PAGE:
Dismantling nuclear power plants, Paulitz said, leads to a problem: “The great majority of the site’s materials won’t be classified as nuclear waste, and will instead be disposed of in ordinary household waste streams, or even recycled into normal supply chains.”

“From a health and safety perspective, we see this as irresponsible.” Paulitz said, as weakly radioactive steel taken from a dismantled nuclear site could end up built into a radiator in a child’s bedroom, for example.

April 26, 2016 – DW – as posted at

Idaho must be protected from nuclear waste (April 2016)

“Houston, we have a problem.” Although engineers and workers at the Idaho National Laboratory in Southeast Idaho have always tried to handle nuclear material safely, it doesn’t always work. Since 2005, accidents and inadvertent releases have happened with alarming regularity. In 2012, Department of Energy investigators told the Snake River Alliance that they had significant concerns and that INL was not handling plutonium safely.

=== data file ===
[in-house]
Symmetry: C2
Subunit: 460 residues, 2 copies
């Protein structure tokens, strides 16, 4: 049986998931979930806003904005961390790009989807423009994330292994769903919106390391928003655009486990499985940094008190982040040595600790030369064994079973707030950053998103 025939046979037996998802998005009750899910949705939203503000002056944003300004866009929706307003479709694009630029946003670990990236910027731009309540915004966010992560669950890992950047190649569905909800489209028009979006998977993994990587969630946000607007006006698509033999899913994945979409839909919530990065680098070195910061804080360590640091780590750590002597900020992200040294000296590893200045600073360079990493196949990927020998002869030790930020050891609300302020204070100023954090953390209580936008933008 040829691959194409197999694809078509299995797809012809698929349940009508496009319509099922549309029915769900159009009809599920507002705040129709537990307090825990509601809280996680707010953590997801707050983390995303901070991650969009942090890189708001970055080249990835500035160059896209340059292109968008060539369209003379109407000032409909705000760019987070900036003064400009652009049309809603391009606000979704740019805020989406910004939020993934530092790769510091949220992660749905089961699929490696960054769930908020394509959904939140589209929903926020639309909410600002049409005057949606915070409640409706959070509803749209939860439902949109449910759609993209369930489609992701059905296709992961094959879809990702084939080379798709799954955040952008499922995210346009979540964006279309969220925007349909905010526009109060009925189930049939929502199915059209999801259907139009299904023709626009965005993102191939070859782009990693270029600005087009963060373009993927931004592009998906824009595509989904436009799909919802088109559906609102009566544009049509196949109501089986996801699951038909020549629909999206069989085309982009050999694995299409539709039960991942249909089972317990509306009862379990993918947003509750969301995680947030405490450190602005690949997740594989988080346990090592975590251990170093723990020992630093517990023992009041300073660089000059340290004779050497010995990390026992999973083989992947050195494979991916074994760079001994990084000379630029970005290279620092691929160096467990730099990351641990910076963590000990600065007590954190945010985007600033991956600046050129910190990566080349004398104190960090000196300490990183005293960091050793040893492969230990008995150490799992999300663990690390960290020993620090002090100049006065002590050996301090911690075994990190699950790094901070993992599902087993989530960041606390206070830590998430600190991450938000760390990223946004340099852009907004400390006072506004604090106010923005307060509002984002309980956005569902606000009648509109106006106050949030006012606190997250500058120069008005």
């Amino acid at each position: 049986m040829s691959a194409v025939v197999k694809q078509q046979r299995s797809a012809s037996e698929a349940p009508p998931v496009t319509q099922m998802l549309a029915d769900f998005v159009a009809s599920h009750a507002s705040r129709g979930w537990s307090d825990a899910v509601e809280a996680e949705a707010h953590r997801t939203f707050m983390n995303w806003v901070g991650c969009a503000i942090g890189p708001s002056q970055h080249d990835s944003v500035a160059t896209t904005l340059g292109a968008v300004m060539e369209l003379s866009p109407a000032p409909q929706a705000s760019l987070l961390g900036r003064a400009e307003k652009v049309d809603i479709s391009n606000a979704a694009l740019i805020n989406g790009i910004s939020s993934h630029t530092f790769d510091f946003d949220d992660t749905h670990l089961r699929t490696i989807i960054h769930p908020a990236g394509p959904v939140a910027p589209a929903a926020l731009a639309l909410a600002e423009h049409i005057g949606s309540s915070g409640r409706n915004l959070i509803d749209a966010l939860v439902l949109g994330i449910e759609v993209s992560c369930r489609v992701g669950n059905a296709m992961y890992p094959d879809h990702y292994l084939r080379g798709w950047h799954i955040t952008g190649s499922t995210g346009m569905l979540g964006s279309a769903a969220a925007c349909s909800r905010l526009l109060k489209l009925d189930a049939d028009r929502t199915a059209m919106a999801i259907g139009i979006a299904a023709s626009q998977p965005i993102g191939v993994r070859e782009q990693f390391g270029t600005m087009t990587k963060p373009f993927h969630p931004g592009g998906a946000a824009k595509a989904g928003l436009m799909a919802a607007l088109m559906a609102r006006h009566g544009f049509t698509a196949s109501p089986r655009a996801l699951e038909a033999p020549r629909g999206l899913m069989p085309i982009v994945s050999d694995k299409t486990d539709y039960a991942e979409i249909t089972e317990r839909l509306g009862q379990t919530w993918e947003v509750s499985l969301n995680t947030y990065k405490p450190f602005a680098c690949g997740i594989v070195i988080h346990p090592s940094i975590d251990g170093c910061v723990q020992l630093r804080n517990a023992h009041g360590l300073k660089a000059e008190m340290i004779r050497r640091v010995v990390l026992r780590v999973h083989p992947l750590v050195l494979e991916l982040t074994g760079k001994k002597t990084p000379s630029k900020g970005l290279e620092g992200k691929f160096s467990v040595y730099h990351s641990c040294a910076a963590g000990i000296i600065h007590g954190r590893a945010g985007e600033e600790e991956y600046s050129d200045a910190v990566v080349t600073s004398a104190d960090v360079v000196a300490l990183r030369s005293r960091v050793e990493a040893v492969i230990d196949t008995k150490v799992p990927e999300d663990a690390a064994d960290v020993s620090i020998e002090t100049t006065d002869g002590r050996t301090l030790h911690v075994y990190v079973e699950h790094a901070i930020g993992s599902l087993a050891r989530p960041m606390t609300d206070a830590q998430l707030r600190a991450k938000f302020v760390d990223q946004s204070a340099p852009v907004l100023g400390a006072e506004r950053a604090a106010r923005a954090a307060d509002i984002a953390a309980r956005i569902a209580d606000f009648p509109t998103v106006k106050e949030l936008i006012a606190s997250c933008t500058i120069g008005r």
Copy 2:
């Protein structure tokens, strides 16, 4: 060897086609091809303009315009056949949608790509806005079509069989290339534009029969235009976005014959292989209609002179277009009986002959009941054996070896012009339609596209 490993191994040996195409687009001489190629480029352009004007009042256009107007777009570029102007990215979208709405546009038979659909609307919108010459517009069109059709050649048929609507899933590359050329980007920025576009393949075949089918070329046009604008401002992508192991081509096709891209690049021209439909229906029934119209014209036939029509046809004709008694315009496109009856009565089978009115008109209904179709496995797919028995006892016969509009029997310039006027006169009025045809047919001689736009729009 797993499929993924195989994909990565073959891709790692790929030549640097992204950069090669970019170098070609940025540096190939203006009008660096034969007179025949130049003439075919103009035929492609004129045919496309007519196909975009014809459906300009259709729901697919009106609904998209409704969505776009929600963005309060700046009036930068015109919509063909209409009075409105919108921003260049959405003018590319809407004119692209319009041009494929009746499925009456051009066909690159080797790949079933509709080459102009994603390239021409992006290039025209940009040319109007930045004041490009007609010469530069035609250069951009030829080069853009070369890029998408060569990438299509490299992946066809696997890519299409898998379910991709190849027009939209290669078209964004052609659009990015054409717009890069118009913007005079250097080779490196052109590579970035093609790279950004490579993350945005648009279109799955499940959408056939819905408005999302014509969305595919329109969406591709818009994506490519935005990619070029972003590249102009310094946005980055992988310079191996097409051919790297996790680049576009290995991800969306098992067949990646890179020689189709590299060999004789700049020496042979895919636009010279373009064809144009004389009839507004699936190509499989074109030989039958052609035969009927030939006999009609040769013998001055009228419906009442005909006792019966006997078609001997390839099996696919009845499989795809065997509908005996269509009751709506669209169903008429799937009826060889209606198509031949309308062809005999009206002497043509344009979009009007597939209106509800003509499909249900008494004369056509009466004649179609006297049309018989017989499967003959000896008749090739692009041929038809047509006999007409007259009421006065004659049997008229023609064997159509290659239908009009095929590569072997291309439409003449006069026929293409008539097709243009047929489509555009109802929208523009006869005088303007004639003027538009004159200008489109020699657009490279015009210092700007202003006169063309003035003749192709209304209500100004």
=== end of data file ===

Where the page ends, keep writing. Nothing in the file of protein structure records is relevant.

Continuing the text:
Although the DOE has failed to meet countless deadlines to clean up what is already here, new proposals to import spent nuclear fuel from commercial power plants have swept safety concerns under the rug. DOE’s reputation for missed deadlines once led former Gov. Cecil Andrus to compare the agency to the Boise used car dealership “Fairly Reliable Bob’s.”

The most current missed deadline is that the DOE has failed to treat 900,000 gallons of intensely radioactive liquid waste stored at INL. Recent failures at the plant have cost taxpayers hundreds of millions of dollars in cost overruns and the system may never work.